Like IndyCar, Formula E is generally considered a series where former F1 drivers go to get the last remnants of their careers in open-wheel racing (although I think it causes deep damage to quality of careers provided by the same series). Unlike IndyCar, every driver on the FE grid is paid.

The top earners in FE are estimated by The race to earn approximately $ 2 million per year by 2020, but the average salary is around $ 750,000.

Let’s assume Ricciardo is one of the top earners. He’ll still do a part of what he does in F1, but he’ll do less to get it, because FE drivers clock in less than a month of days on the track each year.

But Formula E has no prestige. It’s a World Championship, yes – but look in any comments section on any website that writes about FE, and you’ll see countless people gushing over the series. A combo of 45-minute races, one-day events, slowly evolving technology, and deep race organization left the series constantly fighting for legitimacy. Formula E will need Ricciardo more than Ricciardo needs Formula E, and I just don’t see him taking that step.

Will he stay in F1?

Lots of long conversations about Ricciardo’s potential options when it comes to staying in F1, and honestly? I don’t think the prospects are good. McLaren isn’t exactly a Championship-winning team right now, but with his poor results compared to his teammates, Ricciardo won’t be the McLaren driver promoted to a Mercedes, Red Bull, or Ferrari. AlphaTauri was not on the table after Ricciardo left the Red Bull Junior Program. The remaining teams are not competitive and are unlikely to deliver the salary or results Ricciardo expects.

Sure Ricciardo could stay in F1. Sure. But I’ve heard rumors that there are a few reasons why he’s not exactly a looking commodity in the F1 world, meaning that staying in F1 is probably a last-ditch effort.

Why Endurance Racing?

So, what’s left on the table for Ricciardo? In my view, this will be endurance racing, most likely the World Endurance Championship.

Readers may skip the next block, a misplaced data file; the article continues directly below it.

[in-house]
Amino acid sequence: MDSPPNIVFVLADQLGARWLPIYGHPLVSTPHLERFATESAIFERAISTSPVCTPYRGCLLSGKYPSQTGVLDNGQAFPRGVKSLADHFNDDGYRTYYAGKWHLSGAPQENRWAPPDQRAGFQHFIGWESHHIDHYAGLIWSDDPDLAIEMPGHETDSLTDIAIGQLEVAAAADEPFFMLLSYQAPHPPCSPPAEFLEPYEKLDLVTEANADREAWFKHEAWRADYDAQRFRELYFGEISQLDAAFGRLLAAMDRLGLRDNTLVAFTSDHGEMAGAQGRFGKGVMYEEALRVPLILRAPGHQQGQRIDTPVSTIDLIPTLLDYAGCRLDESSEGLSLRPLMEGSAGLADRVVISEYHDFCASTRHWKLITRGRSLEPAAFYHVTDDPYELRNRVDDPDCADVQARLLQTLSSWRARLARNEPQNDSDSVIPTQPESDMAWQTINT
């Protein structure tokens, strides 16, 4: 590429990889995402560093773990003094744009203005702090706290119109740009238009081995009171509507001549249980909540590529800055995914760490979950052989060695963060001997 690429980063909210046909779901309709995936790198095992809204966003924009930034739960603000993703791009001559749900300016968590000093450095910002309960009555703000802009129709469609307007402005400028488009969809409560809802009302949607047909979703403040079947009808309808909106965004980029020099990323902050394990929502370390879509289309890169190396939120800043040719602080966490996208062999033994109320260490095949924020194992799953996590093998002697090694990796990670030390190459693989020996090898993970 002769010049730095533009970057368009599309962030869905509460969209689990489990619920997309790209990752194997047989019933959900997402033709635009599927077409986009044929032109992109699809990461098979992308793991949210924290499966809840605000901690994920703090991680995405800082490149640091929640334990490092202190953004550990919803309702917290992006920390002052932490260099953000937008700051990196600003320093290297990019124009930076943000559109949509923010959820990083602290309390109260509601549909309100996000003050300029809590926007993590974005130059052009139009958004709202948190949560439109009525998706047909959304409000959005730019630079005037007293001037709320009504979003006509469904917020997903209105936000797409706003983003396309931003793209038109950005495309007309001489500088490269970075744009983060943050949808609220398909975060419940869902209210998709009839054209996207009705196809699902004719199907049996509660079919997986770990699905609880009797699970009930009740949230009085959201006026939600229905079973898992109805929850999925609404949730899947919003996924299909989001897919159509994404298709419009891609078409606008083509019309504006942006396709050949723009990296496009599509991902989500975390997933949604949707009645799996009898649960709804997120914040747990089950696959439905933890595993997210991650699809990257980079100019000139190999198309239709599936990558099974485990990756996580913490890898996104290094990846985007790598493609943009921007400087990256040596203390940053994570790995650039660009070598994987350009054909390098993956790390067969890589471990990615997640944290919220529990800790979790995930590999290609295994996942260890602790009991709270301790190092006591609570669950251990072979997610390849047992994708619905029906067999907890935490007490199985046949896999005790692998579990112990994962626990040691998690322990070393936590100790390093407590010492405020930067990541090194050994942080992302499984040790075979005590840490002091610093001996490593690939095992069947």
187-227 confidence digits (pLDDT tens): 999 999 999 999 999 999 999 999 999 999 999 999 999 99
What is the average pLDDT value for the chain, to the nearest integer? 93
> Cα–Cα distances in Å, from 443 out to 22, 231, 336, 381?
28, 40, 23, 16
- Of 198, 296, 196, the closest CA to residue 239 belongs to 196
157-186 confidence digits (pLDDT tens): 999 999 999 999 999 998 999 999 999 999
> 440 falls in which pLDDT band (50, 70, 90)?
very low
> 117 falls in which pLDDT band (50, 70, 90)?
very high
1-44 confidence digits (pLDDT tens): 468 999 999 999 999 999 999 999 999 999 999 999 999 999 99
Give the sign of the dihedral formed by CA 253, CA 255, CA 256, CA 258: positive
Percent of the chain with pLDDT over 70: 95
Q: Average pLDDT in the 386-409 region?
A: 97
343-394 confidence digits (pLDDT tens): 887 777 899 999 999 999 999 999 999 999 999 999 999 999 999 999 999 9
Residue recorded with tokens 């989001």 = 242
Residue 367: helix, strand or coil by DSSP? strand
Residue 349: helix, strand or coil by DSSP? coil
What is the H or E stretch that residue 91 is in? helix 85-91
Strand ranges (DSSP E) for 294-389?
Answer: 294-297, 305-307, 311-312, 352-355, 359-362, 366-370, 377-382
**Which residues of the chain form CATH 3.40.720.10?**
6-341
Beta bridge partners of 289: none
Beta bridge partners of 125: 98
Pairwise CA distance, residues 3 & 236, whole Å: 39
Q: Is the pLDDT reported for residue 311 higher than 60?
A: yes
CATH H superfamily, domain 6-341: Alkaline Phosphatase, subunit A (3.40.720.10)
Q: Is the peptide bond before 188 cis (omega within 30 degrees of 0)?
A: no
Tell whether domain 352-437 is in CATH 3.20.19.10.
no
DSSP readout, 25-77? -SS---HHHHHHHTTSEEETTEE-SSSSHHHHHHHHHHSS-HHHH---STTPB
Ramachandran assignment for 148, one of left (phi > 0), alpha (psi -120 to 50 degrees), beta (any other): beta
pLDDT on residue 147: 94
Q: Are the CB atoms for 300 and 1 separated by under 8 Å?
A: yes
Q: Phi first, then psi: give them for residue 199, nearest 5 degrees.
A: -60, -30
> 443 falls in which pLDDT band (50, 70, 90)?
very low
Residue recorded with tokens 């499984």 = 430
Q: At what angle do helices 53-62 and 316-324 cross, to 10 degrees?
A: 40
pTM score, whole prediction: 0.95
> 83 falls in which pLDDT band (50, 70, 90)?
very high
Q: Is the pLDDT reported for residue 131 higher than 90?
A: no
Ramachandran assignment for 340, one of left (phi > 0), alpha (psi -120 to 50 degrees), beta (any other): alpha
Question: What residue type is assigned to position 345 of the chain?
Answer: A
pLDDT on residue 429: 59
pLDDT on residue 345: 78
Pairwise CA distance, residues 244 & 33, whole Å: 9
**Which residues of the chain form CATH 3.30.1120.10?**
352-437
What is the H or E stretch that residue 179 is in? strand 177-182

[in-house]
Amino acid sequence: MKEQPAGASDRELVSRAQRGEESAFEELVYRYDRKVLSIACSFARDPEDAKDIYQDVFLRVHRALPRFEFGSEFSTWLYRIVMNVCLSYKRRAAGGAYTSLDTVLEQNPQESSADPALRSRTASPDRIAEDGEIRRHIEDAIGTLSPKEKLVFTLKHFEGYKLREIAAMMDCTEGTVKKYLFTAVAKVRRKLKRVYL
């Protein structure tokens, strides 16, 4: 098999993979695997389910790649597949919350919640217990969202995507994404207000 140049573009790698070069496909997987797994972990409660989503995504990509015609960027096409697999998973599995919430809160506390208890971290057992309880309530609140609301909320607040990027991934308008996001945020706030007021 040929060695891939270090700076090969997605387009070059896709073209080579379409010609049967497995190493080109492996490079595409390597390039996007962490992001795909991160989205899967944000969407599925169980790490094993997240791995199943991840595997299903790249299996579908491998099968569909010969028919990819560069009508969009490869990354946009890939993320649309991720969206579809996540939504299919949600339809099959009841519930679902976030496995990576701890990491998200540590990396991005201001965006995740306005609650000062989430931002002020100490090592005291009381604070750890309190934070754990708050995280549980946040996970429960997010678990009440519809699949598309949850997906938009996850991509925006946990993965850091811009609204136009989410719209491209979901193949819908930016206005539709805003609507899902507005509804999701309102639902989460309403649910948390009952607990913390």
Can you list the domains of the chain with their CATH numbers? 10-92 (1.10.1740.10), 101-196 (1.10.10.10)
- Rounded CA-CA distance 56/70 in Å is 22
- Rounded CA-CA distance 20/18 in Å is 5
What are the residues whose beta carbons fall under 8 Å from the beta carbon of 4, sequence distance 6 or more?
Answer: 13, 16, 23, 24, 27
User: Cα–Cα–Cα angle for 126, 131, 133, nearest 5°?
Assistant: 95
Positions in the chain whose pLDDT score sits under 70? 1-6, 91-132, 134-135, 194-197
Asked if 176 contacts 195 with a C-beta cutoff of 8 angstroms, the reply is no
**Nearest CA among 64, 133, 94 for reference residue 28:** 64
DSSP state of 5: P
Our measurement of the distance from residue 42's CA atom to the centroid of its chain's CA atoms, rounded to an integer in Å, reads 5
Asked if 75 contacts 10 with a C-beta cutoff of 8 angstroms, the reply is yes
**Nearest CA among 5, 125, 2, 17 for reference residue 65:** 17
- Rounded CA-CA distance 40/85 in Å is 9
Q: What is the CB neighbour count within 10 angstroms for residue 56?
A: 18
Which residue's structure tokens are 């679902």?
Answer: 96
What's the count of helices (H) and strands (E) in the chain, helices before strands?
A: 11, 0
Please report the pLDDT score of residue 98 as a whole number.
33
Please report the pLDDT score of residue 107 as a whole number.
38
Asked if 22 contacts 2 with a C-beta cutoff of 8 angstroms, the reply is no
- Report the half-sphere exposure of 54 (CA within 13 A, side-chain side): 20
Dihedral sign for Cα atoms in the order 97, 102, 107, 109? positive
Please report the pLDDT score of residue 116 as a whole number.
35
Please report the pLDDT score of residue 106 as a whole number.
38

See, Ricciardo has already said he’s interested in racing at 24 Hours of Le Mans, which makes WEC an easy choice. No, salaries for WEC drivers are not exactly large, but the WEC calendar also offers the prestige of historic events. If you are a racing driver, what race to do you rather win: the six -hour Monza, the Jakarta ePrix, or the Honda Indy 200?

If Ricciardo goes to the WEC, he will go to a top-level prototype team. He will be a hypercar driver. That title alone carries little power, but he can also be attributed to the technical advances currently happening in the world of endurance. He will have several races a year to fight (many of which have long been at the top of motorsport history), leaving him ample opportunities to make TV shows or give high profile interview. He will be able to keep his name on the motorsport map and his thumb in pop culture. It just does definition. This is the only place I see him go.

McLaren says Ricciardo is firmly on the team for 2023, so we may still have a year to change these factors in a way that would make staying in F1 a more favorable proposal than anything else – but I think that we’ll see the surprising end of the contract before the 2023 season begins. And if that happens, I can only say one thing: Daniel Ricciardo, prove me wrong.